A pharmaceutical company is paying up after defrauding the state of Mississippi.
The state has recovered over $33 million from pharmaceutical manufacturer Watson Inc, announced Attorney General Jim Hood. This comes after the Mississippi Supreme Court ruled that the company had defrauded the state by manipulating the prices it charged for its drugs to the state Medicaid program.
The court ruled that Watson’s actions cost taxpayers more than $7 million by causing the state to overpay for prescription drugs. Prices varied from drug-drug, but AG Hood says that some drugs were marked up by nearly 1,000%. Hood went on to say that of the many companies that his office has dealt with, this case was one of the more substantial.
“We have recovered over $200 million from drug companies in our Average Wholesale Price litigation for overcharges and penalties on drugs paid for by our Department of Medicaid. Of all the companies we have done battle with, Watson Pharmaceuticals is one of the worst offenders. The trial court found they overcharged the state by 1,000 percent on some drugs. A chancery judge in Rankin County issued a $20 million punitive damage verdict, which was upheld by the Mississippi Supreme Court,” said General Hood. “These types of corporate robbers get away with it unless an attorney general holds them accountable.”
When it comes to where that money will go, a media release from Hood’s office says that while it should go to state treasures, legislation could send it elsewhere.
“By way of House Bill 1475 this session, the Legislature is attempting to remove the prosecutorial powers of the Office of the Attorney General. If this bill passes, the $30 million from Watson, in addition to the more than $3 billion recovered since Hood took office in 2004, would never make it to the state’s treasuries, which includes the General Fund, Budget Contingency Fund, State and School Insurance Fund, and Health Care Expendable Fund. HB 1475 aims to shift prosecutorial authority from the AG to members of the “Outside Counsel Oversight Commission,” which was created by the Legislature and made up of the governor, lieutenant governor, and secretary of state.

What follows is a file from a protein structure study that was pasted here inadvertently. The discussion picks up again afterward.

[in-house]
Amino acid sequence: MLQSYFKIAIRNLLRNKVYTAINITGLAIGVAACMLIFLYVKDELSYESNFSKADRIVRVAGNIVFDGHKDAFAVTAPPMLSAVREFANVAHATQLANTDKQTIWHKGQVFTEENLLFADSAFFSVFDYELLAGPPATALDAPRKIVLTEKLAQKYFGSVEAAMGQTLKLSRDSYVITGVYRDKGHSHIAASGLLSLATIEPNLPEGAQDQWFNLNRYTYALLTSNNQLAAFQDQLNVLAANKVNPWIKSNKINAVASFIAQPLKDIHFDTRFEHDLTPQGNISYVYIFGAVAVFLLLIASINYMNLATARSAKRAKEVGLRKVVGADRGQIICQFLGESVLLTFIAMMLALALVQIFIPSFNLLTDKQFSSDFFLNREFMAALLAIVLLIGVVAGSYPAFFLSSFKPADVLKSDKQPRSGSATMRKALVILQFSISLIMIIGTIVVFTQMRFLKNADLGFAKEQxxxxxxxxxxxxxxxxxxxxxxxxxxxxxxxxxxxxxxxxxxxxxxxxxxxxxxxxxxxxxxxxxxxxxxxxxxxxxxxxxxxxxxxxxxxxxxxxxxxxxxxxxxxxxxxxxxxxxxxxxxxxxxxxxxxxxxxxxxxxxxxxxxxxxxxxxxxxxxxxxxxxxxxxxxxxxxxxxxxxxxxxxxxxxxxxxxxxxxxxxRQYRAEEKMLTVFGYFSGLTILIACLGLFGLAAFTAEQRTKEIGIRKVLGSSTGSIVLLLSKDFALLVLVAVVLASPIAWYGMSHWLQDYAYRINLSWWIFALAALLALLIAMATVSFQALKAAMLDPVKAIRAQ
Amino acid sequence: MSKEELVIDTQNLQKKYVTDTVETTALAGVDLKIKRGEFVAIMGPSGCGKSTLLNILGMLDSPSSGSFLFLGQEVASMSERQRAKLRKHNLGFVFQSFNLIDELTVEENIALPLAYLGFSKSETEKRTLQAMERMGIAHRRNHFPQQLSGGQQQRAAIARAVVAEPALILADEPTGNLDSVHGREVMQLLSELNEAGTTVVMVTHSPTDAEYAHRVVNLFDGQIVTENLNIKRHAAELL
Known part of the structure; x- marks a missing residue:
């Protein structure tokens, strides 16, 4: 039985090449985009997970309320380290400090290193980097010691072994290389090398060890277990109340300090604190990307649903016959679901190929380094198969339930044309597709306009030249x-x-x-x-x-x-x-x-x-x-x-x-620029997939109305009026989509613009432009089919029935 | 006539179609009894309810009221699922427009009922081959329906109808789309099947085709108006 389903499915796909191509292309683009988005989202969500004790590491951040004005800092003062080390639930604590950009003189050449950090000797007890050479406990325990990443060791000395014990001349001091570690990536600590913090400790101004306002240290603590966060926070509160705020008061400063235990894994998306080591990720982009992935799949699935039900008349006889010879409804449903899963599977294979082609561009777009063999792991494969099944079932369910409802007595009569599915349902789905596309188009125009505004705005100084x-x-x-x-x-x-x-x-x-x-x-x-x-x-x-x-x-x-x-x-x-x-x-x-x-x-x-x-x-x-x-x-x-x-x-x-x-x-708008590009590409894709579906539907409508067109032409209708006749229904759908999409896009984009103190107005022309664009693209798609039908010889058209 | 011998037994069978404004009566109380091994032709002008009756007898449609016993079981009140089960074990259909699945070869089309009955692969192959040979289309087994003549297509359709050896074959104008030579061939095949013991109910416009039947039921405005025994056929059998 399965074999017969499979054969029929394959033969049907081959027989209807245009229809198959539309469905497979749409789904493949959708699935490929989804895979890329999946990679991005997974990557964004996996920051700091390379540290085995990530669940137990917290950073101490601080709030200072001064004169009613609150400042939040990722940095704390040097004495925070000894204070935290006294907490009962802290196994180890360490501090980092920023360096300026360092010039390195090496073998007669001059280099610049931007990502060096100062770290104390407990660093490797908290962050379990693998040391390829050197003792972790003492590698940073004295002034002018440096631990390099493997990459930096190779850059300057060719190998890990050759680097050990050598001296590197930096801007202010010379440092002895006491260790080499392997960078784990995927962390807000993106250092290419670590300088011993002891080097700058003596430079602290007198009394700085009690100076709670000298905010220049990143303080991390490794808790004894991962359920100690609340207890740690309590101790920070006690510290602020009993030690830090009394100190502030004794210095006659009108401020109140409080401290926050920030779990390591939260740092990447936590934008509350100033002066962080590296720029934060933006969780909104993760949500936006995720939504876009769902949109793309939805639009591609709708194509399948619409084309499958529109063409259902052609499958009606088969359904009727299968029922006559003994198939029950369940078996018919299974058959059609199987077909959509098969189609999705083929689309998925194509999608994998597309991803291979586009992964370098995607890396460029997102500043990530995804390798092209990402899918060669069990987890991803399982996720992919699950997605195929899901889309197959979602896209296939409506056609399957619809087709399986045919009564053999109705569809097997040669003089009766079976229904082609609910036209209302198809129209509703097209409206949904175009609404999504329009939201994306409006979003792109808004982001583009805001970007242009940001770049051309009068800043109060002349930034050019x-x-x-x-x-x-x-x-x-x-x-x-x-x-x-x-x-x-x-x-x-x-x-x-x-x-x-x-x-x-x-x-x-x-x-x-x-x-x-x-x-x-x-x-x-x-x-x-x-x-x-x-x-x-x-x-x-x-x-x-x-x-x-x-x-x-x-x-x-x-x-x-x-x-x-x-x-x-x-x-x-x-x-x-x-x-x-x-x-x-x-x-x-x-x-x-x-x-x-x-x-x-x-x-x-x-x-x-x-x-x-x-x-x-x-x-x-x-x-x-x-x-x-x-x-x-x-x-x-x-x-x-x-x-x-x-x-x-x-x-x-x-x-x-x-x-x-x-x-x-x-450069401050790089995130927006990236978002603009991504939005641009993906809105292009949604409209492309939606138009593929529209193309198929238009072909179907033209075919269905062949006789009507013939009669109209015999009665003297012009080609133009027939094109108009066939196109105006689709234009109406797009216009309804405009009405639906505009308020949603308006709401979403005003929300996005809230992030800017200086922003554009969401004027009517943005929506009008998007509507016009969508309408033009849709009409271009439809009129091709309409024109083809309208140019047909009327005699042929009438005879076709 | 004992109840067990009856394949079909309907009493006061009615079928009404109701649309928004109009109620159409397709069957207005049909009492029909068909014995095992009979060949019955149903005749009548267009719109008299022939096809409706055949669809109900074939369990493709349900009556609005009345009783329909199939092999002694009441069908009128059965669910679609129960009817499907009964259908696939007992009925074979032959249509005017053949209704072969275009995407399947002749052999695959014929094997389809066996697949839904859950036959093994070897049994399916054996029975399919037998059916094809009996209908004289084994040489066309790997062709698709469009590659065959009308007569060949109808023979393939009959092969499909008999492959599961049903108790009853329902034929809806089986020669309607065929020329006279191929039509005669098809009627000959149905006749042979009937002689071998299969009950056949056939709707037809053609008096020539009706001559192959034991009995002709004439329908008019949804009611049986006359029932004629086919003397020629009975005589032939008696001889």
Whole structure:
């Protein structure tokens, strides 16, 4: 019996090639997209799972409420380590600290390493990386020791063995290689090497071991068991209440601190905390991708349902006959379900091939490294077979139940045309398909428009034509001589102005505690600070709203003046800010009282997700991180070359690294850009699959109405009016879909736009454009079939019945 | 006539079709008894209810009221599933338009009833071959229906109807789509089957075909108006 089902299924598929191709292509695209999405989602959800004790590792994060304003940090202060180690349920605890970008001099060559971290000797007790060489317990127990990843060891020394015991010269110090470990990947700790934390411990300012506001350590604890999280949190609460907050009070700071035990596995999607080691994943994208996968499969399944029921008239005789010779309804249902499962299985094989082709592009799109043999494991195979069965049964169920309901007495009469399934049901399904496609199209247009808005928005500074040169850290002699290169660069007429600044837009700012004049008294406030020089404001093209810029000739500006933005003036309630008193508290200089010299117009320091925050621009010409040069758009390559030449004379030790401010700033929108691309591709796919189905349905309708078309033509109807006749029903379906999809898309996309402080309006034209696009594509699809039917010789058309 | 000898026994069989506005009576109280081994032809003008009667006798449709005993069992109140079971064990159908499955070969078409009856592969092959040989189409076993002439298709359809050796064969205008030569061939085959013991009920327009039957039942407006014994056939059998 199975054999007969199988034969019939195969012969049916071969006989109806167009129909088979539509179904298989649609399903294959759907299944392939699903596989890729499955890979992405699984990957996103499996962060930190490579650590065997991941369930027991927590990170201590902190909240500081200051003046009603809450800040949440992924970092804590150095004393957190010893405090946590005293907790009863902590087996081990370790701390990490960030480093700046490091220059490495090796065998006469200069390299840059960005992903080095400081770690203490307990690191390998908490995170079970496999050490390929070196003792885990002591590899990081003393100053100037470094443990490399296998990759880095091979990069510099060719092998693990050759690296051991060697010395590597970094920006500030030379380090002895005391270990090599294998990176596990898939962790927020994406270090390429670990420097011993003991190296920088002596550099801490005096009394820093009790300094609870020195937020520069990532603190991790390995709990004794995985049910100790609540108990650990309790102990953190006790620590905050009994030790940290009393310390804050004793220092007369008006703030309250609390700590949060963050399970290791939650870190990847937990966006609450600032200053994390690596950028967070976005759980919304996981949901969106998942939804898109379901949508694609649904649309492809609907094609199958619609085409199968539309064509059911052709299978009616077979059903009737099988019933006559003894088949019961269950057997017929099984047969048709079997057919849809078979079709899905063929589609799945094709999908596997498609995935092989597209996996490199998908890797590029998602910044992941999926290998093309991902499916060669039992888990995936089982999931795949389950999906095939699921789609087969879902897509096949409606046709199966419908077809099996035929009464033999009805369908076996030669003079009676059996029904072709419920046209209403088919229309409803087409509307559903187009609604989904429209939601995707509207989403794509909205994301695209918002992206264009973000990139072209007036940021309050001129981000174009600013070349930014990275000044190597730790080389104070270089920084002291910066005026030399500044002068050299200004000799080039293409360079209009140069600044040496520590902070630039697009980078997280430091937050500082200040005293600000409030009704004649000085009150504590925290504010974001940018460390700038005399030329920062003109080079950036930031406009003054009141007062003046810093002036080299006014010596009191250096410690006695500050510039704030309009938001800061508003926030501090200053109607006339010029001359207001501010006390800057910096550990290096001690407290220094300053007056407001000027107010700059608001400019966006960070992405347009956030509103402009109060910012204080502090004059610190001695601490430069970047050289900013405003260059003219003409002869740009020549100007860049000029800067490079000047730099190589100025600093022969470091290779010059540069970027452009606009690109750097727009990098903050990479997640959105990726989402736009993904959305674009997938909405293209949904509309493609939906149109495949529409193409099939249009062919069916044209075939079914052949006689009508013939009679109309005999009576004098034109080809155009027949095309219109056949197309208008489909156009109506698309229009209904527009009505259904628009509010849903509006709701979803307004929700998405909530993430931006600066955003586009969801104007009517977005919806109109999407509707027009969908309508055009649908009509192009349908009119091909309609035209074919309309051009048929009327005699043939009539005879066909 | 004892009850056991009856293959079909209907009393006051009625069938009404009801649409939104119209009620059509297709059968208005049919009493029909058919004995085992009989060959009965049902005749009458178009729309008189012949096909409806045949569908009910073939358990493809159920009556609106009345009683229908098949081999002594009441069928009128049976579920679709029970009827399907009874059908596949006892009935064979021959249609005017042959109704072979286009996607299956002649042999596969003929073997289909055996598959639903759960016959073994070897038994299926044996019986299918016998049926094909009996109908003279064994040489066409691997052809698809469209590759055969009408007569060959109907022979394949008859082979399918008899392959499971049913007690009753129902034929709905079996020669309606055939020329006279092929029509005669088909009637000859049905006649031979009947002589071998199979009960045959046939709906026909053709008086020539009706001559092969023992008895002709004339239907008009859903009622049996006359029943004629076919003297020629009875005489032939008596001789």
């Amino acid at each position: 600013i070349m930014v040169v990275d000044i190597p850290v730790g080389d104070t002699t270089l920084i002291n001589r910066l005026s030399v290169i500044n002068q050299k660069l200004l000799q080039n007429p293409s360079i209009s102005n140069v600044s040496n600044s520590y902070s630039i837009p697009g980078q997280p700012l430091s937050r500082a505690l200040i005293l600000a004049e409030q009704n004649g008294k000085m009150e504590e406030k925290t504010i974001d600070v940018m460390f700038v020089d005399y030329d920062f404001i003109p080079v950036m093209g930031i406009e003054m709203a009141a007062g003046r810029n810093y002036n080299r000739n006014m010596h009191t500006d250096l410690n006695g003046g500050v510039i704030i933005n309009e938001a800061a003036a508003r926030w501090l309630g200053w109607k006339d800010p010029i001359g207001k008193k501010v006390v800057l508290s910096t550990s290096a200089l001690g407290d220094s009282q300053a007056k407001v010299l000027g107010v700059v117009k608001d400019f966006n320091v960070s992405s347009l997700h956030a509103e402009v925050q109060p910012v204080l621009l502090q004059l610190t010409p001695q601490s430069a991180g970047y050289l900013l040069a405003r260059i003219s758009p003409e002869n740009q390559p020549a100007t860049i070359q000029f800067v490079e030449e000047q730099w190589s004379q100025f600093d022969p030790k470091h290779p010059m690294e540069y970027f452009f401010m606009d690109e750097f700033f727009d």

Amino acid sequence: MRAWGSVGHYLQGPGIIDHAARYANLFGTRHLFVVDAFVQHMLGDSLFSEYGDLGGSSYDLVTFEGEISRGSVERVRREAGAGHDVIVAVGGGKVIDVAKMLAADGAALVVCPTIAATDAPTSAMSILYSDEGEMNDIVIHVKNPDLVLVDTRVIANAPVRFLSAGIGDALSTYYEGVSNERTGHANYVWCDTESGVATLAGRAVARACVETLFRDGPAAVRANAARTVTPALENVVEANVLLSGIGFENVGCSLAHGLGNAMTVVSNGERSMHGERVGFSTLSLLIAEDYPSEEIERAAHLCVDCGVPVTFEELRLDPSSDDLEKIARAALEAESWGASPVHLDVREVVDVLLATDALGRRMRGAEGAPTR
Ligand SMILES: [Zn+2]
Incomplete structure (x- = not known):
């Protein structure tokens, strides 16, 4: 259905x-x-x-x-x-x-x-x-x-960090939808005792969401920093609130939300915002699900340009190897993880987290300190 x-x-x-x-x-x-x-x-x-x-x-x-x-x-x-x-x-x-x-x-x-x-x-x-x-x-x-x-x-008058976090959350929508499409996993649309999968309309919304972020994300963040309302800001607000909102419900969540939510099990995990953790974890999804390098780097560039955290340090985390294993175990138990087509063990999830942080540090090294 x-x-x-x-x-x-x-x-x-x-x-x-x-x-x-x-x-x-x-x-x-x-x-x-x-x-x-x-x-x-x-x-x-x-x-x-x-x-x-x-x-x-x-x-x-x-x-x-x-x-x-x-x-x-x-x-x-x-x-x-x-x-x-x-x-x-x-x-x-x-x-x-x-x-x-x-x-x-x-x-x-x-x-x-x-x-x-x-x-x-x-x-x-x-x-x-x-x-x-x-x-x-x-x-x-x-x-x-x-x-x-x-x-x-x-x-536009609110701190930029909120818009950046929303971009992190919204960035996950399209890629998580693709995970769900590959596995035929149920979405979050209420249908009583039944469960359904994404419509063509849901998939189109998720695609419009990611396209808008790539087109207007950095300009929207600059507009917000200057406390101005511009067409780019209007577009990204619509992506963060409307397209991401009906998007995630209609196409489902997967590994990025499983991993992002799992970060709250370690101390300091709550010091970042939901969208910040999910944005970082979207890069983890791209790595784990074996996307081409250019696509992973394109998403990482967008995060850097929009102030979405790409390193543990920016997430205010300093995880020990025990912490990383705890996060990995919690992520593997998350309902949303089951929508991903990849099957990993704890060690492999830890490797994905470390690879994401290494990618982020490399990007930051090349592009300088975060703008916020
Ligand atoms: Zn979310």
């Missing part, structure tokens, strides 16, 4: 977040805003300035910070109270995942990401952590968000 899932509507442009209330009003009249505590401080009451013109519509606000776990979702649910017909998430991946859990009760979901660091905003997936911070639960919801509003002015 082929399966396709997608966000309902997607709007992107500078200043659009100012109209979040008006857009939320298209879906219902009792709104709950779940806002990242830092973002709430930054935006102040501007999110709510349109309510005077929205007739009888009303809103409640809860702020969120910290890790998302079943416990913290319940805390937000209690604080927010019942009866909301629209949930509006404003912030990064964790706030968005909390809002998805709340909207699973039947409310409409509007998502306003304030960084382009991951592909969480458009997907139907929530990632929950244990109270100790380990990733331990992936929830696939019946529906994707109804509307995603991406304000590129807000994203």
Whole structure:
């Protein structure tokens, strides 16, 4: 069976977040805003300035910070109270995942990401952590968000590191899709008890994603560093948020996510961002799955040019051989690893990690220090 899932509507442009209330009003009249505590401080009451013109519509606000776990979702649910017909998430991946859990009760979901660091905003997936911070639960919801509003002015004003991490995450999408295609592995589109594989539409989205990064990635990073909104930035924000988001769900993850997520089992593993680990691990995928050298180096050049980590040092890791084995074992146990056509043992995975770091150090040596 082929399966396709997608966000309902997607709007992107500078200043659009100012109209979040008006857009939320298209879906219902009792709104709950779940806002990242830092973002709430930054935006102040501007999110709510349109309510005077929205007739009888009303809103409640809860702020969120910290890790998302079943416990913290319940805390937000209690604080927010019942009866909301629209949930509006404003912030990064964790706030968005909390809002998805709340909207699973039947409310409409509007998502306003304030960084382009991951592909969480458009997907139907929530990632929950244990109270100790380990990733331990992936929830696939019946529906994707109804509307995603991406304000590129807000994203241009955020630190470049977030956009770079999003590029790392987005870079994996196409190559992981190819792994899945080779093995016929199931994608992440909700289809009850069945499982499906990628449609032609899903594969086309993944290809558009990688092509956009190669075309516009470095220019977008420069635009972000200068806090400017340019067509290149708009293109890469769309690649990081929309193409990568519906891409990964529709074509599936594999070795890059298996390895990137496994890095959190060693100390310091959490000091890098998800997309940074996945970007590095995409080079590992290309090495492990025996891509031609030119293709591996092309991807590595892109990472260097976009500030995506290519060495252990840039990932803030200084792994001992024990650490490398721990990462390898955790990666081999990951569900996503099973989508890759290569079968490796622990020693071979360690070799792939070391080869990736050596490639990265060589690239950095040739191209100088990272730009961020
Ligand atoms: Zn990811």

“The corporate crooks are salivating at some of the bills introduced by some legislators trying to protect their corporate benefactors instead of their fellow Mississippians,” said General Hood.
AG Hood pointed to a section of the Mississippi Constitution which outlines the Attorney General’s office to represent the state in issues involving litigation such as this one.
“Section 173 of the Constitution provides for an independently elected attorney general with all the powers of the Attorney General at Common Law, including the power to bring, control and manage litigation on behalf of the state. Additionally, the Supreme Court has stated, “As to all litigation, the subject matter of which is of state-wide interest, the Attorney General alone has the right to represent the state.” [Kennington-Saenger Theatres v. State, 196 Miss. 841, 18 So. 2d 483, 486 (1944).]”
Another bill brought up by AG Hood is one that would allow companies to claim they do not fall under the Mississippi Consumer Protection Act. According to Hood, passage of this bill could have negative repercussions.
Additionally, House Bill 1238, which passed out of committee last week, would allow companies who are federally regulated, such as Watson, to claim they do not fall under the Mississippi Consumer Protection Act. The Watson case was argued under that Act, and more than $5.2 million in civil penalties were recovered as part of the entire judgement.
“Should HB 1238 pass, it would be devastating to the protection of Mississippians,” said General Hood. “Much of the successes in our office have been protecting consumers from corporate wrongdoers, and the people of Mississippi deserve more than their lawmakers stripping those protections.”
Under General Hood, the AG’s office has recovered $224,137,686.96 in AWP litigation. An attached list provides each of those cases and amounts recovered.